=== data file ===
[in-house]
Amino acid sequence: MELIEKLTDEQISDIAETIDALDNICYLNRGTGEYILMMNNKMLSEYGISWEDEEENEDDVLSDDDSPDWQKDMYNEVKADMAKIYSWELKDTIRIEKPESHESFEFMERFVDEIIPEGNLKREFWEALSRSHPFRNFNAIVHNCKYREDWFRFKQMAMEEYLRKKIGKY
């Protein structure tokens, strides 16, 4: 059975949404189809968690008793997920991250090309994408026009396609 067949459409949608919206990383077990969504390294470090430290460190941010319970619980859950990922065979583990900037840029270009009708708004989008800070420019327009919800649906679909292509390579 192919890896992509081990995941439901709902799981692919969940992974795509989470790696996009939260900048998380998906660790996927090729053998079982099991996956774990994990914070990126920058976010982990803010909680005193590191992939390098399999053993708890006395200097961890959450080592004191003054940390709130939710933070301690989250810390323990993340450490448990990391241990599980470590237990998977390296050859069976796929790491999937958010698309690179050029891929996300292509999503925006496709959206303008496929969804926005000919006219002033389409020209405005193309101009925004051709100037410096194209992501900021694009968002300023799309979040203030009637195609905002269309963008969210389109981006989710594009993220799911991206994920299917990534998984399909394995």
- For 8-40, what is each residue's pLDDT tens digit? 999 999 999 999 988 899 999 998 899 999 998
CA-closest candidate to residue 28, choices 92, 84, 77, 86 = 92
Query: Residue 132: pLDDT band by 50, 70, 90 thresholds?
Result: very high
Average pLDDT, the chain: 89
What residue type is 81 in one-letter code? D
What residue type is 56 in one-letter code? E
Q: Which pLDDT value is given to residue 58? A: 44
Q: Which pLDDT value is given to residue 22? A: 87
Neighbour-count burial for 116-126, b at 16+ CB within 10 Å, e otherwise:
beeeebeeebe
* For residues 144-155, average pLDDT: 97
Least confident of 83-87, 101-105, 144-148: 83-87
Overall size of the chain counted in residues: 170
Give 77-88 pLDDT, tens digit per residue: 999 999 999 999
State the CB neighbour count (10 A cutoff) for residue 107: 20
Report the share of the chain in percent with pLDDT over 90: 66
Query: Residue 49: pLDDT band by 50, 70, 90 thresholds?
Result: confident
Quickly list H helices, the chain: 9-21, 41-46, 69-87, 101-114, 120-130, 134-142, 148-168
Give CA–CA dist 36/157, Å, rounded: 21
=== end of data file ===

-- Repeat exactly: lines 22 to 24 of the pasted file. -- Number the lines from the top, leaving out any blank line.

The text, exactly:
Result: confident
Quickly list H helices, the chain: 9-21, 41-46, 69-87, 101-114, 120-130, 134-142, 148-168
Give CA–CA dist 36/157, Å, rounded: 21